Tuesday, June 22
OIW Members Reading Night
Clocktower Brew Pub
575 Bank St.
A showcase of poetry and prose from OIW Members. The traditional June Reading Night was a chance to reconnect and share some thought-provoking, amusing, heartfelt, and terrific writing.
Saturday, June 4
OIW Authors Book Fair
Ottawa's largest book fair featuring local and award-winning authors. Over 30 local authors across all genres! OIW's first in-person book event in over two years. Come find your next great summer read and support local writers.
Centretown United Church
507 Bank St.
Tuesday May 17th
OIW's Book Marketing Panel Series
Part I of IV
On the Road with Author
In the first of our four part series on Book Marketing, Rick Prashaw will provide insights on how he successfully tackled the Canadian landscape to broaden his readership and sell his books. Rick will speak candidly about the good, the bad and ugly of his 35 city pan-Canada book tour; about book sales, publisher support, writing press releases, local media outreach, setting up tour venues, library pitches, related speaking opportunities, and all the benefits versus the tolls.
Rick is a Canadian author, keynote speaker, and storyteller. He has had a diverse career as a journalist, Roman Catholic priest, executive director of a national criminal justice NGO and political staff to three Members of Parliament. He is a winner of the National Ron Wiebe Restorative Justice Award.
Rick's first memoir, Soar, Adam, Soar, is based on the remarkable life of his son, Adam, who tragically passed away in 2016. Adam, inspired him to be an advocate for both transgender human rights and organ donorship. Soar, Adam, Soar was published by Dundurn Press in Feb 2019. Rick toured 35 cities in Ontario, Quebec, Atlantic Canada and the US. He spoke in a variety of venues, has also appeared on podcasts and has been featured in local newspapers.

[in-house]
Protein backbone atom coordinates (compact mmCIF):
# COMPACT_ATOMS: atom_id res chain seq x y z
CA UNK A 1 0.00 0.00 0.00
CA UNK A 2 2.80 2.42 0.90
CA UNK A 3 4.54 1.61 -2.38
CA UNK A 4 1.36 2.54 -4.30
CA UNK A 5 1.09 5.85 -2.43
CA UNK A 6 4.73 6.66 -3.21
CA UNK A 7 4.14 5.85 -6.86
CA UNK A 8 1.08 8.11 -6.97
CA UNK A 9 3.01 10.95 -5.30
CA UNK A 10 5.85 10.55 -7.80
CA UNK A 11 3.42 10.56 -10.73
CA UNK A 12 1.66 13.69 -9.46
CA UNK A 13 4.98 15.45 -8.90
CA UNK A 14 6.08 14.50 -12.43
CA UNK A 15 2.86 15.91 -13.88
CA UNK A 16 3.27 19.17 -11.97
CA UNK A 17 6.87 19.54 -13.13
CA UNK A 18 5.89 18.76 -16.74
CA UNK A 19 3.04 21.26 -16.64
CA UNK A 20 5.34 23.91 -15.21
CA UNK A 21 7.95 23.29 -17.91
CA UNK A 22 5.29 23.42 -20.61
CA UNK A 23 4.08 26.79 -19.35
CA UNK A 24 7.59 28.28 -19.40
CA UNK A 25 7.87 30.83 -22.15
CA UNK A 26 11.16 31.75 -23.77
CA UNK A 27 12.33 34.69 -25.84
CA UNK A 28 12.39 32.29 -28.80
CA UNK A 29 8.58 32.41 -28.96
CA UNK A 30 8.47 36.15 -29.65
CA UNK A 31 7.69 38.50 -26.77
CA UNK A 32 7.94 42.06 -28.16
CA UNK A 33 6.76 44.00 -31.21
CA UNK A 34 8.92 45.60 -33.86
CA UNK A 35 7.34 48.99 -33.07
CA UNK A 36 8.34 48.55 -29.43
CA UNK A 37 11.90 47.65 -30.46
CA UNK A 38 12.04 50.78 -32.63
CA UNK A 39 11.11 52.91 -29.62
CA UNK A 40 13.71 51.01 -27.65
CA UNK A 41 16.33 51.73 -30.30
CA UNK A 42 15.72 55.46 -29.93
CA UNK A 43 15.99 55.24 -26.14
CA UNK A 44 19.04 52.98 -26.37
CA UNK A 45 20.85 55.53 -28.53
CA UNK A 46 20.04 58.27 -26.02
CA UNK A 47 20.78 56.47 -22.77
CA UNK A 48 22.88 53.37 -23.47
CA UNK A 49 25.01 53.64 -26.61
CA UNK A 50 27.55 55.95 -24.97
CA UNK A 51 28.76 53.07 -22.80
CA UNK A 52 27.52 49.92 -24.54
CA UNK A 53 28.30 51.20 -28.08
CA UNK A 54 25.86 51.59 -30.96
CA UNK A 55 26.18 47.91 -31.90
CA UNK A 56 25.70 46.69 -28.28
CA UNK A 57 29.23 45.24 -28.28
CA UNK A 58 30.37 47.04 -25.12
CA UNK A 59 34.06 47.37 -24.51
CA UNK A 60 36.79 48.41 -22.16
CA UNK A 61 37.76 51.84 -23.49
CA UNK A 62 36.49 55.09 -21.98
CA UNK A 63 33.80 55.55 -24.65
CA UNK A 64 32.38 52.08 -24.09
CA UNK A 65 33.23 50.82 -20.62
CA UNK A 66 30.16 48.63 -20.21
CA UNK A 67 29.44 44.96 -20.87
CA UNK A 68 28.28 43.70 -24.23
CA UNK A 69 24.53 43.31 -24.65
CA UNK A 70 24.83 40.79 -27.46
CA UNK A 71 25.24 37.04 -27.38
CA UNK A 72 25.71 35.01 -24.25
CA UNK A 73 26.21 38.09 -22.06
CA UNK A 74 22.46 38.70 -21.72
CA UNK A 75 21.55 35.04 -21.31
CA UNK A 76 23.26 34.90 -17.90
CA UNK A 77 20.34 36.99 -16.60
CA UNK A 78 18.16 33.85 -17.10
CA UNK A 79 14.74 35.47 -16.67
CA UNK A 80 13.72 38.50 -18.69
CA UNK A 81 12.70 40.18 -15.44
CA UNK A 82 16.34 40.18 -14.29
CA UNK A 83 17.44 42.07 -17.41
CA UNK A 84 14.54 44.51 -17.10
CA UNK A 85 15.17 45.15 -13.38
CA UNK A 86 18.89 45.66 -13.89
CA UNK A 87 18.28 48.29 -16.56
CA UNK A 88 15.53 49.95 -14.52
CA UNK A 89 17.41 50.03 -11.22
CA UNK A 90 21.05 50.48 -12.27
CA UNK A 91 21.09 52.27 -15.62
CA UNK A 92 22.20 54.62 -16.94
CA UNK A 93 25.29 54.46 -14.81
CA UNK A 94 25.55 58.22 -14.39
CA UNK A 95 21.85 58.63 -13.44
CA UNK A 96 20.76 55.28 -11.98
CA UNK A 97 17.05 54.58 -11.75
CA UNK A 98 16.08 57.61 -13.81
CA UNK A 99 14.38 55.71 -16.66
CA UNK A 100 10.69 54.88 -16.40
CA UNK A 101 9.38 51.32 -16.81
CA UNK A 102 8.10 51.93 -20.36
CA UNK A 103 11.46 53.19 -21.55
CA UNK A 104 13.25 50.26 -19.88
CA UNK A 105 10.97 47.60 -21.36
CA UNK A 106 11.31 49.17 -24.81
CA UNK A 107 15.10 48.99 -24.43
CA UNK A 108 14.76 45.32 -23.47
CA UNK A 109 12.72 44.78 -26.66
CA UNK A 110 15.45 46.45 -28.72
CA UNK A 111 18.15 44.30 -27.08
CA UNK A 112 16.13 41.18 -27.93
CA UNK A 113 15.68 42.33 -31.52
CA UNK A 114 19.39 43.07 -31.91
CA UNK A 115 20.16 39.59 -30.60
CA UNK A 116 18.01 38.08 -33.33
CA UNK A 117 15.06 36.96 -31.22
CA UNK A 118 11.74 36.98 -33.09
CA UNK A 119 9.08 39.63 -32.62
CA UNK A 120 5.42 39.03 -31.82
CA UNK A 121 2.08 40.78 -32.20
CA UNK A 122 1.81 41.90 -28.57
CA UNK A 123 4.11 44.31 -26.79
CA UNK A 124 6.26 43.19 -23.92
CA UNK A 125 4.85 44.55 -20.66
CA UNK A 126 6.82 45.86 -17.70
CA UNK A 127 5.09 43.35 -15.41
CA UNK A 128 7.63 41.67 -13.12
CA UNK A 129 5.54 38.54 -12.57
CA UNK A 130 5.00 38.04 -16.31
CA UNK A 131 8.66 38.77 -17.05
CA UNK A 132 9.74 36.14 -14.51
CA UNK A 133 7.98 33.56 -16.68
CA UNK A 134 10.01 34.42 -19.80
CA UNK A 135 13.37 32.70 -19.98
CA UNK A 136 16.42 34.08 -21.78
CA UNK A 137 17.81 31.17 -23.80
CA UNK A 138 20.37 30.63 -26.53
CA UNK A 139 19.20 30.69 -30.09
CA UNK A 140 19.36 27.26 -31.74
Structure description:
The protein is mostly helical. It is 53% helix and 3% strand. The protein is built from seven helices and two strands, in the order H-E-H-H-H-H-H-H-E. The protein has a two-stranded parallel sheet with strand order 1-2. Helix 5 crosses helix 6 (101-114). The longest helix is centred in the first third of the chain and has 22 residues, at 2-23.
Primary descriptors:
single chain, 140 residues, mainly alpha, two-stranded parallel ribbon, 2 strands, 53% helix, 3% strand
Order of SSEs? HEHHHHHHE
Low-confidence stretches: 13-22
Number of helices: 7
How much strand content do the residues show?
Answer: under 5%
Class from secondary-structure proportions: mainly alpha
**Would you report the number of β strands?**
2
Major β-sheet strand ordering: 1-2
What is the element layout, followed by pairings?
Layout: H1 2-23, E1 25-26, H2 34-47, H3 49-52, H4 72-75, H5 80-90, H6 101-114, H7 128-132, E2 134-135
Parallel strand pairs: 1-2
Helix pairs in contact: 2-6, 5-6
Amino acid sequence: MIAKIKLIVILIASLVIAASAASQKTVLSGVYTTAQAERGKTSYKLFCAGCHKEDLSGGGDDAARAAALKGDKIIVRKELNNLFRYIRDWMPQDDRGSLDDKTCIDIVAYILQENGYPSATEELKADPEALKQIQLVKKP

Rick recently published his second memoir, Father Rick, Roamin’ Catholic, with Friesen Press. He is using the many insights he gained from marketing his first book as he undertakes the task of publishing and marketing his new memoir using a hybrid-style approach.
Tuesday, April 19th
An Evening with Award-winning Author Alan Cumyn
Where do your ideas come from? And how
do you turn them into worthwhile fiction?
Author and creative writing instructor Alan Cumyn provided a lively talk on the genesis of three of his books: TILT, MY HOT PTERODACTYL BOYFRIEND. and NORTH BY BENJAMIN. His process from ideation to structure to story is simple and garnered accolades from OIW members. Sometimes wild and sometimes exceedingly vague initial ideas can become workable chapter that can be the foundation for a full and engaging novel.
Alan Cumyn is the author of wide-ranging and often wildly different literary novels for children, young adults and adults. A two-time winner of the Ottawa Book Award, he has also had work shortlisted for the Governor General’s Award, the Giller Prize, and the Trillium Award. He teaches through the Vermont College of Fine Arts and is a past Chair of The Writers’ Union of Canada. In 2016 he received the Writers’ Trust of Canada’s Vicky Metcalf Award for body of work for young people. An Ottawa native and longtime resident, he holds an MA in English literature and creative writing from the University of Windsor, where he studied under Alistair McLeod, has lived and worked in China and Indonesia, and was a human rights researcher for the Immigration and Refugee Board for much of the 1990s.